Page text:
Monday, 7 March 2011

Agatha Christie, Assyrian treasure and face-cream conservation

The British Museum has decided to put on a small exhibition next week about some rather unusual objects, or at least objects with an unusual story to tell.  They have been in the museum since being purchased for £1.2million 25 years ago, but have never before been on display.

The objects are a series of ivories from the Assyrian city of Nimrud, excavated in the 1940’s by Max Mallowan, the second husband of Agatha Christie.  The tiny, gilded figures, originally made to decorate furniture, are miniature masterpieces of sculpture, and still bear some traces of the gilding and jeweled inlay that originally adorned them.  Some even still carry the signs of burning that signal the demise of the city 2,600 years ago.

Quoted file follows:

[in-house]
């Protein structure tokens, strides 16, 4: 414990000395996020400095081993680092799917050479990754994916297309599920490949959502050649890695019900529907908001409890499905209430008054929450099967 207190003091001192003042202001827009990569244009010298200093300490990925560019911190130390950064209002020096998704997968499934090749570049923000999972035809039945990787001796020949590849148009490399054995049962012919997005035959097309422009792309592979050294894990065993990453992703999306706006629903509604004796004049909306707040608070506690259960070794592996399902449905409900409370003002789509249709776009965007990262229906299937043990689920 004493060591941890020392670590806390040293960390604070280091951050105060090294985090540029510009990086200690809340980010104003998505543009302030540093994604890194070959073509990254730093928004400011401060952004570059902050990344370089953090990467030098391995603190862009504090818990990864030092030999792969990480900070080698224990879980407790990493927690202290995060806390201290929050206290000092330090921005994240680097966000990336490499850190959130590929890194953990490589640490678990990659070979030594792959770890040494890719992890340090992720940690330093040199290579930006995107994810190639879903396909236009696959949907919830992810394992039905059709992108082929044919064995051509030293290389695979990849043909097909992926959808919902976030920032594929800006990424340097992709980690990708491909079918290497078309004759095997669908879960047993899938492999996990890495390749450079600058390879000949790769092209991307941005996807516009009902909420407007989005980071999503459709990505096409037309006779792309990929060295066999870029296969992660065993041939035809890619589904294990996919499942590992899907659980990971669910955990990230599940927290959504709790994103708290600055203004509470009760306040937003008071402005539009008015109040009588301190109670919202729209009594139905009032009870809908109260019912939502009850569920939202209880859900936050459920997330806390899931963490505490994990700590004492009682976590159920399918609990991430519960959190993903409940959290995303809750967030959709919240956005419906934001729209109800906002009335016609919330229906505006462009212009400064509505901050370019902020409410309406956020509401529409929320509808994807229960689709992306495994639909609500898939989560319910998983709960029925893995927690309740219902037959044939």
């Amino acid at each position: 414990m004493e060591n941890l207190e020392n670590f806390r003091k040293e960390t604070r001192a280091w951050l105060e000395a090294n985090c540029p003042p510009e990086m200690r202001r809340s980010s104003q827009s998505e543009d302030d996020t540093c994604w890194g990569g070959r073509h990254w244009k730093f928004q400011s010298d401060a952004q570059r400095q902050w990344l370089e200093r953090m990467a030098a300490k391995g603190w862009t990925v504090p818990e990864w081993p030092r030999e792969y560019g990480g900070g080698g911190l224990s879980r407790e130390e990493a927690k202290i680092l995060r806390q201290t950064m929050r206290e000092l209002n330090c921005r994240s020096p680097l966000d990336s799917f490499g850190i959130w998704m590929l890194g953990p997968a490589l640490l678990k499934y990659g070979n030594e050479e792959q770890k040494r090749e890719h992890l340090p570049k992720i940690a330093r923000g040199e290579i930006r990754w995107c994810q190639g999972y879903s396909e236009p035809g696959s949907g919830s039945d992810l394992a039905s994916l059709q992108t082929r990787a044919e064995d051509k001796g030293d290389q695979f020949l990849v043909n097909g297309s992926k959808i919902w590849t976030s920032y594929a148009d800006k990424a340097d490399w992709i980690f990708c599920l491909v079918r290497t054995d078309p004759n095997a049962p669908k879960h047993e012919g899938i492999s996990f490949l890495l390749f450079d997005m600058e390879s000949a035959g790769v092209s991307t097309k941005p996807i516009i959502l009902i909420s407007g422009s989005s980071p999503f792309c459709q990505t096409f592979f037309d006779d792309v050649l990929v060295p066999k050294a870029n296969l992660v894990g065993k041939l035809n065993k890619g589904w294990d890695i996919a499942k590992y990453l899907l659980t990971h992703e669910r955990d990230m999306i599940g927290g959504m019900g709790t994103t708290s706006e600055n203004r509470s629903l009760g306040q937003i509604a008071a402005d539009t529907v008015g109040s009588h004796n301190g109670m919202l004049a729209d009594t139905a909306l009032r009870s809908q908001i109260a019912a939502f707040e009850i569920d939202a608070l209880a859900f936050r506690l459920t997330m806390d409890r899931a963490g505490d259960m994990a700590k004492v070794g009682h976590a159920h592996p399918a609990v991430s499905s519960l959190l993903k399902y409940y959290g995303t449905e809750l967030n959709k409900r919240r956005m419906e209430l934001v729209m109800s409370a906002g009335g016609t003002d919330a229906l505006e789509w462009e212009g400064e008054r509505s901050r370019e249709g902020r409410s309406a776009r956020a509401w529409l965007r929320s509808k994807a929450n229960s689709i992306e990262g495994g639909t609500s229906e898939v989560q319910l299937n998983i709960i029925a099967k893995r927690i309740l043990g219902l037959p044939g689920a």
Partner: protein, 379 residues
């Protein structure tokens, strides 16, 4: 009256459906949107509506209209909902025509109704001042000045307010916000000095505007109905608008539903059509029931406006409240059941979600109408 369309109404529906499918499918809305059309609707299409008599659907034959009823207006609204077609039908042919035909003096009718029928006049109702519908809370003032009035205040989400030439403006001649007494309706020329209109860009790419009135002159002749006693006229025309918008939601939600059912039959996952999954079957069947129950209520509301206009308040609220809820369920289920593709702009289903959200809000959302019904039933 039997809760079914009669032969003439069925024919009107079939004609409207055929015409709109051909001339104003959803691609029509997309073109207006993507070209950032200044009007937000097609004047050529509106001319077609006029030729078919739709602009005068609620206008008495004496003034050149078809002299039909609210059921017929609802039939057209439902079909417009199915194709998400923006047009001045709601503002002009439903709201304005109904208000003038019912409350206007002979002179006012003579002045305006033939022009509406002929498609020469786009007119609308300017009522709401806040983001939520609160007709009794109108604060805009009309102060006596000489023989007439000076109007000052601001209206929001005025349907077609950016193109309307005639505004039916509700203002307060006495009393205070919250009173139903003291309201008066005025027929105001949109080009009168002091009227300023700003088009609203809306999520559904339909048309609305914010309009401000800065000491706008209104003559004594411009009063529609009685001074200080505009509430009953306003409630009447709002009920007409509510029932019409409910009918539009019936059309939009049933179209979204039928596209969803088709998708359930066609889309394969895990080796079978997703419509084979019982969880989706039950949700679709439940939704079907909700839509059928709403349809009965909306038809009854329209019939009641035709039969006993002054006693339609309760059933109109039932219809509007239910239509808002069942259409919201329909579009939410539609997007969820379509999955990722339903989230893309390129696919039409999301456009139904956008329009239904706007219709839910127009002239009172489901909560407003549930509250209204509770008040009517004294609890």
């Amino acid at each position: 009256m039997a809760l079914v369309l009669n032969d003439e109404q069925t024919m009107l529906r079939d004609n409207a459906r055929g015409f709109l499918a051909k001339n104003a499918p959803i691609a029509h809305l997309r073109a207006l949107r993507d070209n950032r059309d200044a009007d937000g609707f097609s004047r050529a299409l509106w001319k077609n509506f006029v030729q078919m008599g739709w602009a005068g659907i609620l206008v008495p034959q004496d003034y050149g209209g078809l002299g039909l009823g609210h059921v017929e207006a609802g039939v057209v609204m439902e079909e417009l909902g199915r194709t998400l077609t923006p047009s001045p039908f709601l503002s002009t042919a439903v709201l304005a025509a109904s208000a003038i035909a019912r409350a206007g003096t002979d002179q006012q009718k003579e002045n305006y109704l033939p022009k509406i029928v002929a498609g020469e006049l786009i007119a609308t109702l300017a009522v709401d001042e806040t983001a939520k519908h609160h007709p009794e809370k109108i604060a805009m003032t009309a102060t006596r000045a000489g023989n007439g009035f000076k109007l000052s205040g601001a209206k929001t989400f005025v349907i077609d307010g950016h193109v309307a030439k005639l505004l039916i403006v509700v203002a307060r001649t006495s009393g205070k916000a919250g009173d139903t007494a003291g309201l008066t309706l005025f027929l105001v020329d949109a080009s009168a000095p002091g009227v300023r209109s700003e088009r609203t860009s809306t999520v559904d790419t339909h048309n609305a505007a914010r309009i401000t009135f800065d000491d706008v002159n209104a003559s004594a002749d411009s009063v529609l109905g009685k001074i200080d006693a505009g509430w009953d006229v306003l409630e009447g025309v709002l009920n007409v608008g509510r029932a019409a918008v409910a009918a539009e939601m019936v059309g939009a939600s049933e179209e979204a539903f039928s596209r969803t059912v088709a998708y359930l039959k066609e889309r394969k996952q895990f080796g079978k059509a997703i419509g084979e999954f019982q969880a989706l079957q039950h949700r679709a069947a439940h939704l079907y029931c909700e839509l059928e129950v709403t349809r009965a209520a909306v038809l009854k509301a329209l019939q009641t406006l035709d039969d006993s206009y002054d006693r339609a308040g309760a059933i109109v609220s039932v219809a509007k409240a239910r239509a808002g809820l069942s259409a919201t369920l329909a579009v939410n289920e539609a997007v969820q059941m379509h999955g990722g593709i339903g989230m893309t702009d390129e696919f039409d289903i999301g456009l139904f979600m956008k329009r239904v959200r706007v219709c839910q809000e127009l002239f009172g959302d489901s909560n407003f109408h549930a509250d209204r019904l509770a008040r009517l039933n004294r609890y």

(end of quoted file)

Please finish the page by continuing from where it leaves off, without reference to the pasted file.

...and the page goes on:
Images from

Sadly (should that even be criminally?), the ivories that remained in Iraq appear to have been damaged during the Iraq war – either trampled in the looting of the museum or, with horrific irony, damaged by flooding of the bank vault they had been taken to for protection.

But no tale of (vaguely) antiquarian archaeological discovery would be complete without an element of weirdness.  In this instance, it’s the rather unusual conservation methods employed by Christie herself.  In her autobiography she writes,

“I had my own favourite tools ... an orange stick, possibly a very fine knitting needle - one season a dentist's tool which he lent, or rather gave me, and a jar of cosmetic face cream, which I found more useful than anything else for gently coaxing the dirt out of the crevices without harming the friable ivory. In fact there was such a run on my face cream that there was nothing left for my poor old face after a couple of weeks!”

Maybe I can persuade our museum conservators to try out the face cream technique – it doesn’t seem to have done the ivories any harm!  If only she’d left us the name of the brand she used, we could have got a great sponsorship deal…

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